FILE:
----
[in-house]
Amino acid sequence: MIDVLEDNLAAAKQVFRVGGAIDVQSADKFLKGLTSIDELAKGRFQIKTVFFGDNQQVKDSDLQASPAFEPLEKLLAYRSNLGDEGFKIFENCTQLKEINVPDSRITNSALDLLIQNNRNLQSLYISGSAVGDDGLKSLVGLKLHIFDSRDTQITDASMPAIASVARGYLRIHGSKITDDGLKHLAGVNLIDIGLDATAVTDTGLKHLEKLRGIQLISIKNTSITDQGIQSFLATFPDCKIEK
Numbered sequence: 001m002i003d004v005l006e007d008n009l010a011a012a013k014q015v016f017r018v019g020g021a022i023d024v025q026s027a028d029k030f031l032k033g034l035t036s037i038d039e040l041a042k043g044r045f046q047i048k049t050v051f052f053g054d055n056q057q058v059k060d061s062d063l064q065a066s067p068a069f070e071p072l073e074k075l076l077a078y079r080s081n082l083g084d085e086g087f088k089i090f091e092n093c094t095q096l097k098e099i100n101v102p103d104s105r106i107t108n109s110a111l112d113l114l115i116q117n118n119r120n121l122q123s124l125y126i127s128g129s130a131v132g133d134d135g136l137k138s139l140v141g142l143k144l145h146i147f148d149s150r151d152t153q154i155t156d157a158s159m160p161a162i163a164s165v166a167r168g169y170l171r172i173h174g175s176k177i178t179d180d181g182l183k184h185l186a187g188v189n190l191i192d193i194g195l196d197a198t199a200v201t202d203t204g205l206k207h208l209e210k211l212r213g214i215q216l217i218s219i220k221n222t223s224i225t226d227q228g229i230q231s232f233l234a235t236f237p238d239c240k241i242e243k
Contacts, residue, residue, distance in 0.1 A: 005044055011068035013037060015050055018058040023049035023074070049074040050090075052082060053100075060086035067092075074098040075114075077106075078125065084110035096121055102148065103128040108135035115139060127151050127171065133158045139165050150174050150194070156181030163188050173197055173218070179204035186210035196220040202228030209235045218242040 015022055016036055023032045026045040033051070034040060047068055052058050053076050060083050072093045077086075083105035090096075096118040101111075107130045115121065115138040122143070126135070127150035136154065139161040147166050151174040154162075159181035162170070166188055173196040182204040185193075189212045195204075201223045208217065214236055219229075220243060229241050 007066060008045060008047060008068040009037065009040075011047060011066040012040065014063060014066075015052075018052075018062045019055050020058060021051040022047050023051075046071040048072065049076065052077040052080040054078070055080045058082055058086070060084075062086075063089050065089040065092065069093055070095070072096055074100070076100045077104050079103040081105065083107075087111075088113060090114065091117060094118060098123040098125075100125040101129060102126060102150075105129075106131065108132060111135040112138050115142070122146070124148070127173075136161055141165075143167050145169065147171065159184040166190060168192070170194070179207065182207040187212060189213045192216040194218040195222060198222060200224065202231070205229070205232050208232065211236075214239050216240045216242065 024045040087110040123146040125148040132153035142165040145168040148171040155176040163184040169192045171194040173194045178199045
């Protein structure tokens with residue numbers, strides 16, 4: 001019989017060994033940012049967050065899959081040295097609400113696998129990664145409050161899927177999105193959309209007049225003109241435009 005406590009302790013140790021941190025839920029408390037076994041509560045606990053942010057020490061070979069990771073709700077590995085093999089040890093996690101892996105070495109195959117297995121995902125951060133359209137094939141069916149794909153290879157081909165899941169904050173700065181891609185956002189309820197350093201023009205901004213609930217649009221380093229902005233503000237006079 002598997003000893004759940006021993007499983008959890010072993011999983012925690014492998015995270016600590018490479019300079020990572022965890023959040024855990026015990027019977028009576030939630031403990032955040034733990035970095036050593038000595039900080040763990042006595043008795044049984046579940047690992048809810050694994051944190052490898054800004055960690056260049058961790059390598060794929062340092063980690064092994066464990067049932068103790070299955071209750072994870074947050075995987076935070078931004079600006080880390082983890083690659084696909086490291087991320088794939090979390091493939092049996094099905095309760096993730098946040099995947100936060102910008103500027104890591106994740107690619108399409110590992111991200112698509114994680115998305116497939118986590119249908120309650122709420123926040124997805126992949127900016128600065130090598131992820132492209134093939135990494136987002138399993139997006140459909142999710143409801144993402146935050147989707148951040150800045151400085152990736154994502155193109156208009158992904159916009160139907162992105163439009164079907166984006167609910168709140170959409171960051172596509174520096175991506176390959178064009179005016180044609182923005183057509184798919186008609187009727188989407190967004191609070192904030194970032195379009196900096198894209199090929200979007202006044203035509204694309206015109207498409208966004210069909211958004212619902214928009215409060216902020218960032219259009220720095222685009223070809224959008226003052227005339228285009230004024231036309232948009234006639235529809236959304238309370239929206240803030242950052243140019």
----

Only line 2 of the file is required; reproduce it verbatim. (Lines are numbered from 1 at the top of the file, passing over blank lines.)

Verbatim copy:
Amino acid sequence: MIDVLEDNLAAAKQVFRVGGAIDVQSADKFLKGLTSIDELAKGRFQIKTVFFGDNQQVKDSDLQASPAFEPLEKLLAYRSNLGDEGFKIFENCTQLKEINVPDSRITNSALDLLIQNNRNLQSLYISGSAVGDDGLKSLVGLKLHIFDSRDTQITDASMPAIASVARGYLRIHGSKITDDGLKHLAGVNLIDIGLDATAVTDTGLKHLEKLRGIQLISIKNTSITDQGIQSFLATFPDCKIEK